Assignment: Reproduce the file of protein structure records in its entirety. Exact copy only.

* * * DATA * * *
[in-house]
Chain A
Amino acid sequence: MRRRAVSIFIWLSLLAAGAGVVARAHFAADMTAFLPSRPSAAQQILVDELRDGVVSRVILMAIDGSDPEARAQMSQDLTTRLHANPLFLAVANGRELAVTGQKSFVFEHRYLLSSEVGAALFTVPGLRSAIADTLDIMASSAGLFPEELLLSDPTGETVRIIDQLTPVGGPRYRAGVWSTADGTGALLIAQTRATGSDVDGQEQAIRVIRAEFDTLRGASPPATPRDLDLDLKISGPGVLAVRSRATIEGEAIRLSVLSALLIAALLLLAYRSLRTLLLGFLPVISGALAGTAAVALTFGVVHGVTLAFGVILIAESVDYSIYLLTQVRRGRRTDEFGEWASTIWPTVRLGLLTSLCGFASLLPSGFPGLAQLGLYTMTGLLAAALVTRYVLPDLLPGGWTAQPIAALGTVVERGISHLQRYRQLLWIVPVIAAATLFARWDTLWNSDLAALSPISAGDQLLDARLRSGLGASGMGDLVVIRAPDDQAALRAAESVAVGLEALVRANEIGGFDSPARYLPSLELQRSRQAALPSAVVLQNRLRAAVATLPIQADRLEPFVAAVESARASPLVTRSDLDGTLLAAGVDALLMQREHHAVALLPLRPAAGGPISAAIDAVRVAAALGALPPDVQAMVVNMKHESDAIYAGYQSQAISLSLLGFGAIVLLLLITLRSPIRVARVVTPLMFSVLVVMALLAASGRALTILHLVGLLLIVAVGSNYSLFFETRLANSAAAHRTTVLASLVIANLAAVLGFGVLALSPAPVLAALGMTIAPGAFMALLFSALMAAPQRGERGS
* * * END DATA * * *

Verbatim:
[in-house]
Chain A
Amino acid sequence: MRRRAVSIFIWLSLLAAGAGVVARAHFAADMTAFLPSRPSAAQQILVDELRDGVVSRVILMAIDGSDPEARAQMSQDLTTRLHANPLFLAVANGRELAVTGQKSFVFEHRYLLSSEVGAALFTVPGLRSAIADTLDIMASSAGLFPEELLLSDPTGETVRIIDQLTPVGGPRYRAGVWSTADGTGALLIAQTRATGSDVDGQEQAIRVIRAEFDTLRGASPPATPRDLDLDLKISGPGVLAVRSRATIEGEAIRLSVLSALLIAALLLLAYRSLRTLLLGFLPVISGALAGTAAVALTFGVVHGVTLAFGVILIAESVDYSIYLLTQVRRGRRTDEFGEWASTIWPTVRLGLLTSLCGFASLLPSGFPGLAQLGLYTMTGLLAAALVTRYVLPDLLPGGWTAQPIAALGTVVERGISHLQRYRQLLWIVPVIAAATLFARWDTLWNSDLAALSPISAGDQLLDARLRSGLGASGMGDLVVIRAPDDQAALRAAESVAVGLEALVRANEIGGFDSPARYLPSLELQRSRQAALPSAVVLQNRLRAAVATLPIQADRLEPFVAAVESARASPLVTRSDLDGTLLAAGVDALLMQREHHAVALLPLRPAAGGPISAAIDAVRVAAALGALPPDVQAMVVNMKHESDAIYAGYQSQAISLSLLGFGAIVLLLLITLRSPIRVARVVTPLMFSVLVVMALLAASGRALTILHLVGLLLIVAVGSNYSLFFETRLANSAAAHRTTVLASLVIANLAAVLGFGVLALSPAPVLAALGMTIAPGAFMALLFSALMAAPQRGERGS